- Interview by
- David Sirota
The United Democracy Project — which has been bankrolled by the powerful pro-Israel advocacy group American Israel Public Affairs Committee (AIPAC) and conservative billionaires — recently put more than $1 million into TV ads attacking Lee, according to data from AdImpact. The group has also spent about $80,000 on mailers opposing Lee.
Why is AIPAC’s super PAC spending millions on the race? In a recent interview with the Lever’s David Sirota in Pittsburgh, Lee said she believes that the organization is targeting her because she’s “a progressive black woman.”
She continued: “I can find no other answer or reasoning but the fact that progressive black women in these spaces pose a threat to corporate interests and to corporate power. And these are Republican billionaires who are worried about their bottom line.”
The United Democracy Project’s spending could help Republicans win a House majority in the midterm elections next week. Lee is currently locked in a surprisingly tight race — potentially in part due to the fact that her Republican opponent, Mike Doyle, shares the same name as the retiring longtime Democratic lawmaker whom Lee is running to succeed.
Tell me a little bit about what’s going on at the end of this race. I know there’s the fake Mike Doyle versus you, and AIPAC is coming in with all this money.
You know, we had a group that came in, in the primary, making the argument that I wasn’t Democrat enough, that I was “other” in some way and not loyal to the party, and the same exact folks are putting a million dollars in right now to deliver a Republican majority to Kevin McCarthy.
Yeah, so what do you think it’s about? Why are they so focused on you?
I mean, I cannot find any other indication but that I’m a progressive black woman. I can find no other explanation.
It can’t be the party. Like they’re now going in for a Republican.
It’s not that, and to be completely honest, if they cared as much as we do in Pittsburgh and in our community about the growing threat of this right-wing nationalism that we see and all of its manifestations — anti-blackness and antisemitism — if they cared as much about that as we do here, then they could never throw down for a candidate that we know will support that, a candidate that we know is going to caucus with those folks, and has already campaigned with someone who we know was at the insurrection.
So I can find no other answer or reasoning but the fact that progressive black women in these spaces pose a threat to corporate interests and to corporate power. And these are Republican billionaires who are worried about their bottom line.
Do you think it goes beyond the Israel issue?
I would never be able to speak on whether it’s an Israel issue, because none of their complaints against me in their million-dollar ads have ever mentioned Israel.
How’s the party been since you won the primary? Has there been a healing, or is there still a rift?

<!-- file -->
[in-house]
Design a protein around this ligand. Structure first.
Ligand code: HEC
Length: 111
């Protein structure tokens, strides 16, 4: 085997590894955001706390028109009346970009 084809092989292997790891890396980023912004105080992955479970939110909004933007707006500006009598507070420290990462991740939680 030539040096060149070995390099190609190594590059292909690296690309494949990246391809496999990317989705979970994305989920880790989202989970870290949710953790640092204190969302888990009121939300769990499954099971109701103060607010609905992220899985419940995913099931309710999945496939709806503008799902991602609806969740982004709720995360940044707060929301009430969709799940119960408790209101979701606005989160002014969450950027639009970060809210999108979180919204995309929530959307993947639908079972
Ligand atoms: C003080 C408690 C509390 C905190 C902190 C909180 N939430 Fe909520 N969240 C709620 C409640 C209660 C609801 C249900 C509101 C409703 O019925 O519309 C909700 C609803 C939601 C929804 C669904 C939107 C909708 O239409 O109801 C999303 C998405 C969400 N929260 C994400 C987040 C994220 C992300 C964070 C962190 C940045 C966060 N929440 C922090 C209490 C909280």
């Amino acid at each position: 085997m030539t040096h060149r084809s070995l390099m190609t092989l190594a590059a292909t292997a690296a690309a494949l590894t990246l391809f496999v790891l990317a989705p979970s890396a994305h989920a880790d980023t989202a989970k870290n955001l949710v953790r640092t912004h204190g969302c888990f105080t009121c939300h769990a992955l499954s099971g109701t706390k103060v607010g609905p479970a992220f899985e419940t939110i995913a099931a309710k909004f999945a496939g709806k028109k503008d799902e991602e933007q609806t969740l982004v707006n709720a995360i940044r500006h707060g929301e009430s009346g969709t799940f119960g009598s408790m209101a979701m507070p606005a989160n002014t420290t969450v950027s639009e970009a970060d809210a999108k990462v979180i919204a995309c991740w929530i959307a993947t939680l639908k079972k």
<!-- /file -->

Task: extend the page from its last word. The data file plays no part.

I mean, I don’t know if there’s been healing or a rift. I think that the tensions that we experience nationwide are reflected here also. And we’re growing and we’re building new relationships and we’re pushing our comfort level in good ways, and sometimes in bad ways. So there are a number of folks in the party who were with us in the beginning, to be very clear. I believe I have more elected officials supporting me than all of the candidates combined in the primary. So even as we came out of the primary to the general, there were a few holdouts. There are a few folks who were never going to support me for whatever their personal reasons are, but the mass majority truly are and truly have been in the trenches with us and fighting.
When you get to Congress, there are a lot of folks out there who feel like the Progressive Caucus is not holding out enough for progressive priorities. What do you say to folks like that who feel like they’ve been doing it for election after election after election and feel disillusioned?
Yeah, it’s tough. I say this often, that these systems weren’t built overnight, they’re not going to be dismantled overnight. And recognizing that and making sure that we are all accountable as a movement toward a strategy that will ever move us forward. And I think among the most important things that we can do, having appropriate metrics is going to be major. What are our goals, in this term in this position? How are we moving it forward?
It doesn’t always look like we’re moving the needle fast enough, and sometimes we’re not. And sometimes it’s harder. I’ve seen now how much harder it is to move when I see the forces that rise up against me, and I’m not even there yet. The millions and millions of dollars that come in to silence progressives, to make sure that progressives aren’t as bold as they can be or would otherwise be.
When I see those forces at play, I see how hard and how hostile it can be for progressives in government and progressives in movement spaces. So we’ve got to fight, we have to keep fighting forward, is really the answer.